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Assessing potential travel disparities caused by new transport infrastructure in sub-Saharan Africa: an ABM approach

Katontoka, Moses (2021) Assessing potential travel disparities caused by new transport infrastructure in sub-Saharan Africa: an ABM approach.

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Abstract:In sub-Saharan Africa, the urban region continues to grow at an unprecedented rate in the population and physical extent, making the movement of information, goods, and people high on the developmental agenda. Precisely, the united nations, through its SDG 11, recognises the high levels of inequality that exist among people of different socio-spatial economic backgrounds. These inequalities in sub-Saharan Africa are significantly high in transportation and take various forms, such as differences in travel time, distance, destination, travel mode, and the number of trips made by individuals. As many governments and transport agencies aim to reduce travel disparities by providing new transport infrastructure, the paradox of reaching a balance between profit and service provision is often unsolved. However, not many studies have been conducted in Sub-Saharan Africa addressing how new transport infrastructure can be implemented to provide a platform for data-driven decision making by policymakers towards transport investment and planning. Further, because of the lack of data and the cost of collecting this data, other alternatives such as Agent-based modelling provide an opportunity to implement and assess the impacts that new transport infrastructure will have on people of different socio-spatial economic backgrounds. To successfully model these travel disparities, factors that influence Africa's travel behaviour were used to develop and govern agent behaviour in an Agent-based transport environment. The model suggested that new transportation does not necessarily reduce the travel disparities among socio-spatial economic classes but improves the travel behaviour of the lower classes while having the same impact on those in the higher classes. The model also suggests that segregation patterns are critical to inform transport infrastructure suitable for a particular class. However, because the model is stylised, the model needs further development and should be tested with empirical data to make it more realistic.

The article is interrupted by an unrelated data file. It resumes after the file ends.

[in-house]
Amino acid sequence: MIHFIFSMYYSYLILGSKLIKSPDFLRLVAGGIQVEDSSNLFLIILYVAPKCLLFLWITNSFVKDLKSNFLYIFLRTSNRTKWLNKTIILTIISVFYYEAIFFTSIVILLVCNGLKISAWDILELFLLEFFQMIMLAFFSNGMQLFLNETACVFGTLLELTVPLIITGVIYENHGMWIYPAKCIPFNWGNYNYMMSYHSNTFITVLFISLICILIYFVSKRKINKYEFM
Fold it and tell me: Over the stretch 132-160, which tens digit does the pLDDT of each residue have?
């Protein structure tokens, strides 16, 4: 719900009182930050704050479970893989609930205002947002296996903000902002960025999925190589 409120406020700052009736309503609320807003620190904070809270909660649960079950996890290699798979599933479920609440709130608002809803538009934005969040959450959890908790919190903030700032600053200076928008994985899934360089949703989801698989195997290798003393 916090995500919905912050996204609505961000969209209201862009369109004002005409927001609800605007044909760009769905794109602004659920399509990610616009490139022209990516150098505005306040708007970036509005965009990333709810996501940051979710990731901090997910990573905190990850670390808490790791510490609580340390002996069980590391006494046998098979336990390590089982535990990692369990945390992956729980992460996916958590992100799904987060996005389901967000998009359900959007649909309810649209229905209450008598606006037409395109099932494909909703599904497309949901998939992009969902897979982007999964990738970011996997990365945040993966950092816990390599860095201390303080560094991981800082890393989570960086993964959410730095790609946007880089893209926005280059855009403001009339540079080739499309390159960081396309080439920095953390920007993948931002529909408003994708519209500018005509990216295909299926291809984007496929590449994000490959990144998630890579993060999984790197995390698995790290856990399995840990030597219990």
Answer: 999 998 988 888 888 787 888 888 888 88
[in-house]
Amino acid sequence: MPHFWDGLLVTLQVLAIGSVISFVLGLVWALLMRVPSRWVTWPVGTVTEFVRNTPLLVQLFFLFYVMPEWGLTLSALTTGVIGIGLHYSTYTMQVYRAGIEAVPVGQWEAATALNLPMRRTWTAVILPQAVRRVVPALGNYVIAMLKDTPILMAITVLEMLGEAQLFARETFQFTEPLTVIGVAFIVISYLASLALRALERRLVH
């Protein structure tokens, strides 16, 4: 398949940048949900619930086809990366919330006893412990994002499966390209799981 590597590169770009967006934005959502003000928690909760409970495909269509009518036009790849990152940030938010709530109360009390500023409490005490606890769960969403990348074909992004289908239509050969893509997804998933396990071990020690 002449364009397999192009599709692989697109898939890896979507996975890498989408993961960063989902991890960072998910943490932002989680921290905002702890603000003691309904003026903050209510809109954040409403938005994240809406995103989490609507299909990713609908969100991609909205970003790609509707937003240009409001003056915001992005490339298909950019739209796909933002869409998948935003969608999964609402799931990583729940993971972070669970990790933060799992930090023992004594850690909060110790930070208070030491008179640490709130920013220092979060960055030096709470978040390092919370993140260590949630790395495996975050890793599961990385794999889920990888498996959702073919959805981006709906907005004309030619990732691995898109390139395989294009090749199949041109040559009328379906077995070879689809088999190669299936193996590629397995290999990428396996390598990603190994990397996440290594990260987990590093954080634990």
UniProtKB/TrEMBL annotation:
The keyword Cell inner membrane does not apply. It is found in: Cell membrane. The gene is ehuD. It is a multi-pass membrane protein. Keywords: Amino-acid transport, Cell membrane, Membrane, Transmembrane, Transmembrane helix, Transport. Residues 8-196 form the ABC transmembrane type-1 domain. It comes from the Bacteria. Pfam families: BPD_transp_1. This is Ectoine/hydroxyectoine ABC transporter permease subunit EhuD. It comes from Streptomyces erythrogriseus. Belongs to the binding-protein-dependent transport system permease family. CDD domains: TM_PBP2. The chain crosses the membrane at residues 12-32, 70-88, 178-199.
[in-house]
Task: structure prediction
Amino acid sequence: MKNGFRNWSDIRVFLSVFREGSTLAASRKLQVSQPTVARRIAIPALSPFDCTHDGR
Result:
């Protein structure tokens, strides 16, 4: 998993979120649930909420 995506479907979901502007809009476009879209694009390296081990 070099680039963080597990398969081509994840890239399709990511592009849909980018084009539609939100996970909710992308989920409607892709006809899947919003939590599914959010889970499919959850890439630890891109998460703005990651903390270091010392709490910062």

Item Type:Essay (Master)
Faculty:ITC: Faculty of Geo-information Science and Earth Observation
Programme:Geoinformation Science and Earth Observation MSc (75014)
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